It's been a while since I was in the day-to-day business of security patches. However, I still keep up with vulnerabilities and fixes as I expect every Microsoft SQL Server DBA should. Here are some resources I recommend to do the job right:
- Secunia Advisories - You'll need to create a profile so you can receive advisories by email, but it's worth it. Be advised, if you don't filter things down you will get a LOT of email as there are quite a few vulnerabilities reported every day.
- The PatchManagement.org mailing list - This is a dedicated list to patch management. If there's a problem with a security release, chances are you'll see it described on the list. You can also subscribe to the WSUS mailing list at the same link if that's what your organization uses.
- The Microsoft Security Response Center blog - The MSRC blog posts discussions of vulnerabilities as well as the links and times of discussions for the Black Tuesday patch releases. If you deal with Microsoft patches, you simply must keep up with the MSRC blog.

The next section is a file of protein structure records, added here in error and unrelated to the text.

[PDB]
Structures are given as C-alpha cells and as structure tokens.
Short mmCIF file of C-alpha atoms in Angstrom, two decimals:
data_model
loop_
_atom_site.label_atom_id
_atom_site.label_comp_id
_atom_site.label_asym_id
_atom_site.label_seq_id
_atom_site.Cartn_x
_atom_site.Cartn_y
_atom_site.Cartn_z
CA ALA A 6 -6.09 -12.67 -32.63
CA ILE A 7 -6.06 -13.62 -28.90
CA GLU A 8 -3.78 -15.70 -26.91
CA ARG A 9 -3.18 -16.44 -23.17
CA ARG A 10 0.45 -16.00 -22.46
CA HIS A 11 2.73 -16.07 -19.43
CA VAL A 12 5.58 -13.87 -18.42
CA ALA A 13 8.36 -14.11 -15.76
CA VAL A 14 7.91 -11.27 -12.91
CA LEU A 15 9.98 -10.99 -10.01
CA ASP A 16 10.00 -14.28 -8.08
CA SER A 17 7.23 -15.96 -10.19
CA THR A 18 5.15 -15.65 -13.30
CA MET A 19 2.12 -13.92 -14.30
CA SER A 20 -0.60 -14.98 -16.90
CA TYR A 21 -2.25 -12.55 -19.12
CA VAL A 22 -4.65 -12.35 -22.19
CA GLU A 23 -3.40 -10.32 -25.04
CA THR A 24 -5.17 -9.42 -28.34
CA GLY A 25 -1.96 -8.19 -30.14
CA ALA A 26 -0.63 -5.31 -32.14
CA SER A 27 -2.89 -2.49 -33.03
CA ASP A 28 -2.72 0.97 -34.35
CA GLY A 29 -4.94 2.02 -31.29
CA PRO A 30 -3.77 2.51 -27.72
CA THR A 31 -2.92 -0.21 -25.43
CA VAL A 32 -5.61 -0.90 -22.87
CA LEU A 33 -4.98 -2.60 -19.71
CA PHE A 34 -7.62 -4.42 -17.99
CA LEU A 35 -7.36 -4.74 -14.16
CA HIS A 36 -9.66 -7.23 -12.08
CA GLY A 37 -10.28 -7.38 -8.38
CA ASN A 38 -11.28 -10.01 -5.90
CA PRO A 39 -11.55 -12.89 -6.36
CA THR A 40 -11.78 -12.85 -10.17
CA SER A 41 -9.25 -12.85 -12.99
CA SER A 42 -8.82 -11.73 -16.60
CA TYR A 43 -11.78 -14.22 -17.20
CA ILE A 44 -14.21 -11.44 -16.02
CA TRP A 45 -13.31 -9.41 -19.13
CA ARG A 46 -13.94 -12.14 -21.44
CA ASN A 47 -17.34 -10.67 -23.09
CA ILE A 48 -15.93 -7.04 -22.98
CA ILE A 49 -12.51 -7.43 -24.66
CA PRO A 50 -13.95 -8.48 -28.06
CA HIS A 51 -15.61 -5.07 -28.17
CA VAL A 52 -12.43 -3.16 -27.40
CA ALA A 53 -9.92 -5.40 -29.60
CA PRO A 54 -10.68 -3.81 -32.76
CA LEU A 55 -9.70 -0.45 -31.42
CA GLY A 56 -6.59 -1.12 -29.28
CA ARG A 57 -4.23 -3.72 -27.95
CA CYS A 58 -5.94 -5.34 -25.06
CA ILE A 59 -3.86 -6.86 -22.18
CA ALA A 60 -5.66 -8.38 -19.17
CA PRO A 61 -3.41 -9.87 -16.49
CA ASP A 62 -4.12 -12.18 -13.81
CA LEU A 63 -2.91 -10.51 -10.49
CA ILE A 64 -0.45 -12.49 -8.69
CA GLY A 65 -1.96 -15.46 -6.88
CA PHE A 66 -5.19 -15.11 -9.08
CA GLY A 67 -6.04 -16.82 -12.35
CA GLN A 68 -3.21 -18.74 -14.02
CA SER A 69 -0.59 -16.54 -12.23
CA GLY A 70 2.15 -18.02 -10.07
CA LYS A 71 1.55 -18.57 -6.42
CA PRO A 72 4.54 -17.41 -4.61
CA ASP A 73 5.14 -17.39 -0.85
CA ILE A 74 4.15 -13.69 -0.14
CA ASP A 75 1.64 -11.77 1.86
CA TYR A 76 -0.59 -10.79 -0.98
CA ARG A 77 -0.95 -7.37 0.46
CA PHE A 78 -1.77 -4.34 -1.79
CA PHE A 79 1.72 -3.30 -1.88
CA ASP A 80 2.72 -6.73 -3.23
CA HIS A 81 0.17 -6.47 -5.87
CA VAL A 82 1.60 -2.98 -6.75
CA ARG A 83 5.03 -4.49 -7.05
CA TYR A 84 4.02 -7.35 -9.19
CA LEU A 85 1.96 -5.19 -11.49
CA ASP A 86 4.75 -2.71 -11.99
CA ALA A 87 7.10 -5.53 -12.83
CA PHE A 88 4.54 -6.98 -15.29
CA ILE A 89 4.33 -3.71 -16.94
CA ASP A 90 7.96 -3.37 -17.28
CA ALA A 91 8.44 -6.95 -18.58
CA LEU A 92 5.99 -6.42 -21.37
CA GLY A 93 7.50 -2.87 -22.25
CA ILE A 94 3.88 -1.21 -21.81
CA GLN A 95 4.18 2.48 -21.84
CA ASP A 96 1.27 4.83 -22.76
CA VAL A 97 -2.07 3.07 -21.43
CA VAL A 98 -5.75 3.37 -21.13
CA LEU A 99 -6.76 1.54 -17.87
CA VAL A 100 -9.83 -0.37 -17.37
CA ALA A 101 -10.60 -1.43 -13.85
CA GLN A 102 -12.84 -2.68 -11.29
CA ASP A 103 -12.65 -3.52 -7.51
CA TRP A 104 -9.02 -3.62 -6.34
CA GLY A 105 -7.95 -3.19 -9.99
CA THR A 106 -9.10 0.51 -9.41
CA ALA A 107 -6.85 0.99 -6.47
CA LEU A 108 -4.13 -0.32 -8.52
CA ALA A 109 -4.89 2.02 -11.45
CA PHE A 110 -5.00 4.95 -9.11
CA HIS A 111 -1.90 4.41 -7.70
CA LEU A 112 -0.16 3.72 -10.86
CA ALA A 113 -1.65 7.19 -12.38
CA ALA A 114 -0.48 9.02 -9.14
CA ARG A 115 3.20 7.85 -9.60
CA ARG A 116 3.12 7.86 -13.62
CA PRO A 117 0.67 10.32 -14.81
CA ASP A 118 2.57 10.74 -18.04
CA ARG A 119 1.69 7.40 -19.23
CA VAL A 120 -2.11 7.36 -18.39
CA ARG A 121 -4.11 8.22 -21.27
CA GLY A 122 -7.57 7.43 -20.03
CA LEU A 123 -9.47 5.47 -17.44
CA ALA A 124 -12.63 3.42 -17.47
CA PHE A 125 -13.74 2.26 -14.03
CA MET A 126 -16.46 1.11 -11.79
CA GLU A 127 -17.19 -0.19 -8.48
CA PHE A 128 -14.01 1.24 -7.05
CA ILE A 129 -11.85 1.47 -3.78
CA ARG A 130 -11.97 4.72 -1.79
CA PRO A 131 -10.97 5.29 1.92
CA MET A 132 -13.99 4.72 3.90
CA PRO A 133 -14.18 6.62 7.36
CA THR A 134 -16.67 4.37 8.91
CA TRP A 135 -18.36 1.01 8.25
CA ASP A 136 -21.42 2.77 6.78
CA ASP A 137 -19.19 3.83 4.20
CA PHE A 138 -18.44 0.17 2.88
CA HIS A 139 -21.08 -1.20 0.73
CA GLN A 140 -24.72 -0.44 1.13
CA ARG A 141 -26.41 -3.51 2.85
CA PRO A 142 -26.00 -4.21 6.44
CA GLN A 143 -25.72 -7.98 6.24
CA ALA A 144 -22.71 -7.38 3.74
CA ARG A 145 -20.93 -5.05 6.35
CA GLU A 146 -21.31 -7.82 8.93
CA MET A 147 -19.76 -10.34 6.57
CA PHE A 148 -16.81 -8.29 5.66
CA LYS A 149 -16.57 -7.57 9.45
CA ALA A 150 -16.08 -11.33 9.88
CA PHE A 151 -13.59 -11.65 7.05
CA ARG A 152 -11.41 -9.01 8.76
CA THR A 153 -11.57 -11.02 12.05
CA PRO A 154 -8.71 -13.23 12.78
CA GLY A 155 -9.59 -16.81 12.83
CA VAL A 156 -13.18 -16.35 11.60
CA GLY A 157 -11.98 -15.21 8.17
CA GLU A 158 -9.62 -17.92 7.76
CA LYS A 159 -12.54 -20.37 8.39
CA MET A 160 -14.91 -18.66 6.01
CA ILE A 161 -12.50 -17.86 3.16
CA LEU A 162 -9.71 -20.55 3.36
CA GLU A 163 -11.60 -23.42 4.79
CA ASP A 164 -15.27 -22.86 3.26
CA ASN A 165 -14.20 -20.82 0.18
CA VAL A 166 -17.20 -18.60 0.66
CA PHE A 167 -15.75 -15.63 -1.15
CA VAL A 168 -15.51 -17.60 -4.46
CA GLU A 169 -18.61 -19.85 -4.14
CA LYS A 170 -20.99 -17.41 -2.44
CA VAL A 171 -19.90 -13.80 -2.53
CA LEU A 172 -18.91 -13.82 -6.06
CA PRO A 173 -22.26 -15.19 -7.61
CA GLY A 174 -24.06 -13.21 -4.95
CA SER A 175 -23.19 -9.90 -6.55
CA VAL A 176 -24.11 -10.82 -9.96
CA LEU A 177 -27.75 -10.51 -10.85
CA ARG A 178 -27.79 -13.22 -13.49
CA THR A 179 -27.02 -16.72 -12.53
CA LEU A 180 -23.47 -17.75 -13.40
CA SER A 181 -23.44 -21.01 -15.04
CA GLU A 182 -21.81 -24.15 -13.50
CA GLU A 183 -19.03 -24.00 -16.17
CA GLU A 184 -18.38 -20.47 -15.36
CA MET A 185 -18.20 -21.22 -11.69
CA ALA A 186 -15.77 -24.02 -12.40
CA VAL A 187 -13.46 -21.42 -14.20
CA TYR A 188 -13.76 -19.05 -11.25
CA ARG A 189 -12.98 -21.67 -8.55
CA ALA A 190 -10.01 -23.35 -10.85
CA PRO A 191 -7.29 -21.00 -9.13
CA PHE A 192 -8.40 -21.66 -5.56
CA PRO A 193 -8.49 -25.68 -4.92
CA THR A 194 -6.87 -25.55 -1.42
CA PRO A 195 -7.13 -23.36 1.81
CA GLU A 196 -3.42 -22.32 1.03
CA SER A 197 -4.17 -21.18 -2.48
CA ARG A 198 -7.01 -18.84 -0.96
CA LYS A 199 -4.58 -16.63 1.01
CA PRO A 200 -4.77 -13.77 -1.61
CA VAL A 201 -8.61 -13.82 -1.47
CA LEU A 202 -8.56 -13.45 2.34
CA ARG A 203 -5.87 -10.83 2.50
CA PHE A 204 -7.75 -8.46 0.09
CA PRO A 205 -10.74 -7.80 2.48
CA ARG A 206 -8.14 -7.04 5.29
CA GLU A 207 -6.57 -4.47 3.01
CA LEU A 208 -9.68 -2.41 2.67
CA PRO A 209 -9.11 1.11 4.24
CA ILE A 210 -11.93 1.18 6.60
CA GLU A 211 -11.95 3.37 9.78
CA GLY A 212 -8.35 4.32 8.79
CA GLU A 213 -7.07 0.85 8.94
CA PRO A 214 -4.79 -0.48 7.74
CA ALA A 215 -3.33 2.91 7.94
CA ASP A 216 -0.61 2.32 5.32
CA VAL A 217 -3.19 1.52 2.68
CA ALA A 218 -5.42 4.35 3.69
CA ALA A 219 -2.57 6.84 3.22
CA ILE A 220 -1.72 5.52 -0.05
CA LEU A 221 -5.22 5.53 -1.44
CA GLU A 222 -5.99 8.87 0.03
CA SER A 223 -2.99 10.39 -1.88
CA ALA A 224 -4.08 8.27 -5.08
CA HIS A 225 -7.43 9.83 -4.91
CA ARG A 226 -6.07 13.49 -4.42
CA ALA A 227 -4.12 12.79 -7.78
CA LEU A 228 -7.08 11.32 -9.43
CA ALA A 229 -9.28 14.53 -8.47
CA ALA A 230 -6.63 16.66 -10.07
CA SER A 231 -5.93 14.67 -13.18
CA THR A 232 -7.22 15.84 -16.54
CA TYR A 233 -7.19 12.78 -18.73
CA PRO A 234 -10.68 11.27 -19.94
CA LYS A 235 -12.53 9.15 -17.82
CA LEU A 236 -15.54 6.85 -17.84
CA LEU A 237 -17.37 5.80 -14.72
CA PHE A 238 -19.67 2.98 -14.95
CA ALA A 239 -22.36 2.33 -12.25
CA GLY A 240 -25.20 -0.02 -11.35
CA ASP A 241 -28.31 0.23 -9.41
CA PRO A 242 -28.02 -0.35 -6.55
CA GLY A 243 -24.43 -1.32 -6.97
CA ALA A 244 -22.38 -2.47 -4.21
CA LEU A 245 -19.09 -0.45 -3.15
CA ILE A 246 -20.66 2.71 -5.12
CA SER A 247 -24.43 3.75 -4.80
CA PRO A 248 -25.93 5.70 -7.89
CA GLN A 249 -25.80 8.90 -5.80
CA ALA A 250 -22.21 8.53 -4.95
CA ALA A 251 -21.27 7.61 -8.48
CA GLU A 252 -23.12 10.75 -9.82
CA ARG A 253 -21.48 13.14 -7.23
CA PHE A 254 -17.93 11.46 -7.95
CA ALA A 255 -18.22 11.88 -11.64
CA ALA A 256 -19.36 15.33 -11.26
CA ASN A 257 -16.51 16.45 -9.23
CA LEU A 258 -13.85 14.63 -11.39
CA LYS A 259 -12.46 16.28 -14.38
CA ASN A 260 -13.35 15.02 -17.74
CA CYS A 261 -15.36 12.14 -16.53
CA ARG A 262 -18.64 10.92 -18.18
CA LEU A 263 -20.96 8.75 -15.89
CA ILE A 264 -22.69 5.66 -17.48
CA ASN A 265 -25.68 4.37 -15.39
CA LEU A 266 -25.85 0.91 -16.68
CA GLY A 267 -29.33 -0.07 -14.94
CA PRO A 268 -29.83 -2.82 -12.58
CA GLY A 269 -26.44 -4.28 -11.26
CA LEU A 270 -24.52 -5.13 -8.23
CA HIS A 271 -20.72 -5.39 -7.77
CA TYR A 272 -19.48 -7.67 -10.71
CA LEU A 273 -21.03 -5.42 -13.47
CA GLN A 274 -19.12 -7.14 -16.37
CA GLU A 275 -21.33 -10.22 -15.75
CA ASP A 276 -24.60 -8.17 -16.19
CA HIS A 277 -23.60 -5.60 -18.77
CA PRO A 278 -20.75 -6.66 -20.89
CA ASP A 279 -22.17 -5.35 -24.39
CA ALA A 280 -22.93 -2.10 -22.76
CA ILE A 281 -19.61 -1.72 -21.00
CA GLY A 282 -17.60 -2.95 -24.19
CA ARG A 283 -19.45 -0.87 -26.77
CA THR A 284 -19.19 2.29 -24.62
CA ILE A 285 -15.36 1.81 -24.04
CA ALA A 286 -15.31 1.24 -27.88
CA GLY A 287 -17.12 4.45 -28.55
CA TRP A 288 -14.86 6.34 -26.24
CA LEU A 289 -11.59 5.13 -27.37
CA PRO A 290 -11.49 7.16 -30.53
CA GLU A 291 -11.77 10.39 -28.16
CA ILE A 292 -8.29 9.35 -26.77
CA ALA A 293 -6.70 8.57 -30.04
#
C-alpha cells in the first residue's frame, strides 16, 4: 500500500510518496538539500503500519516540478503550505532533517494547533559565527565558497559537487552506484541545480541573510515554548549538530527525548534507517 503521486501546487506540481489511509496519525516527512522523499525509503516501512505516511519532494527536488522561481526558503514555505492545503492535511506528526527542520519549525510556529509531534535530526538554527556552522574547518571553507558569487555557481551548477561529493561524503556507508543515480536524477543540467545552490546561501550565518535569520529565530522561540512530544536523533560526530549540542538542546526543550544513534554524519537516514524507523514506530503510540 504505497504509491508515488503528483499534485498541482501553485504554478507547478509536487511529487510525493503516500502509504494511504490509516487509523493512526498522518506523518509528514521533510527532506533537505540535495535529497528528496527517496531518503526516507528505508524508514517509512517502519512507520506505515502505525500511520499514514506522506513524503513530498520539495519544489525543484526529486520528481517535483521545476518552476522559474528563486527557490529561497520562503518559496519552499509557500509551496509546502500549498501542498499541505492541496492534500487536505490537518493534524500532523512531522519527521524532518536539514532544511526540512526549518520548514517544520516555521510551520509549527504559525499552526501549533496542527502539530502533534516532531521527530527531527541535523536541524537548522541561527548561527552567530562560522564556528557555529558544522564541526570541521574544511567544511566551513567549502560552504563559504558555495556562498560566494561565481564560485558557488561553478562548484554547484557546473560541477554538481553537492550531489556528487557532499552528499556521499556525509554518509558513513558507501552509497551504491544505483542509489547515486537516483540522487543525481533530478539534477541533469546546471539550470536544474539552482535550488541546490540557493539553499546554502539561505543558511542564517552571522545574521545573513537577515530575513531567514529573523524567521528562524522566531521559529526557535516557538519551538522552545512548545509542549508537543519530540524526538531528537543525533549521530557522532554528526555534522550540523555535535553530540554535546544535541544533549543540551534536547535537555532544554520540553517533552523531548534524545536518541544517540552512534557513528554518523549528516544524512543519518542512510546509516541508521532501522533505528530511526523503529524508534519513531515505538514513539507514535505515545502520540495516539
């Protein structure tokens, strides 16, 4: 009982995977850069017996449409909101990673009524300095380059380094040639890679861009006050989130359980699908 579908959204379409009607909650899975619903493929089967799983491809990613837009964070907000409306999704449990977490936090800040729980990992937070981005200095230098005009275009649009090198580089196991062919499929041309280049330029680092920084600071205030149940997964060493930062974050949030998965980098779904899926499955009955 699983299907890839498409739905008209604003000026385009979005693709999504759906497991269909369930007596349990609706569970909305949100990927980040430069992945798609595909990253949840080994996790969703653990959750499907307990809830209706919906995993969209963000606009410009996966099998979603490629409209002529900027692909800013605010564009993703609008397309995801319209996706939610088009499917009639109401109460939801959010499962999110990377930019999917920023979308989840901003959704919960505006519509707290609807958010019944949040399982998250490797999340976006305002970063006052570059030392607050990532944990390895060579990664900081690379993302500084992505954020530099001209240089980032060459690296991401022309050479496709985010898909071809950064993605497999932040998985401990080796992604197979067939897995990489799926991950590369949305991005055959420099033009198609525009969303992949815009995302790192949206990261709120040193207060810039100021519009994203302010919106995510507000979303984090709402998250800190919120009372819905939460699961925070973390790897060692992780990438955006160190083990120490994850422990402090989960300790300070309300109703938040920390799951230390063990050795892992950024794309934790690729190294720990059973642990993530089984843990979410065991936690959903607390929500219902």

- Microsoft Technical Security Notifications - Like Secunia's advisories, these notify you of security issues, but with respect to Microsoft products. You'll get the advance notification of what patches are planned to be released on Black Tuesday as well as descriptions of the patches actually released on Black Tuesday. Another must if you're dealing with Microsoft patches.
- The Full Disclosure mailing list - If there's a zero-day, chances are you'll hear about it on this list first. Be forewarned: sometimes there's a lot of emails. Also, sometimes the signal to noise ratio is really bad. However, I've found it worth being subscribed to in order to know about something in the early stages.
The key with patch management is to know as much as possible as soon as possible. You don't want to roll a bad patch to a system and you want to know if a patch may have issues with a particular setup. These help you keep up with all that. Also, you might check out the TechNet forums on the specific technologies you support. Sometimes you'll find the answer you need there, although often times if there's something related to a patch, you'll see a post from the PatchManagement.org mailing list which contains the appropriate links.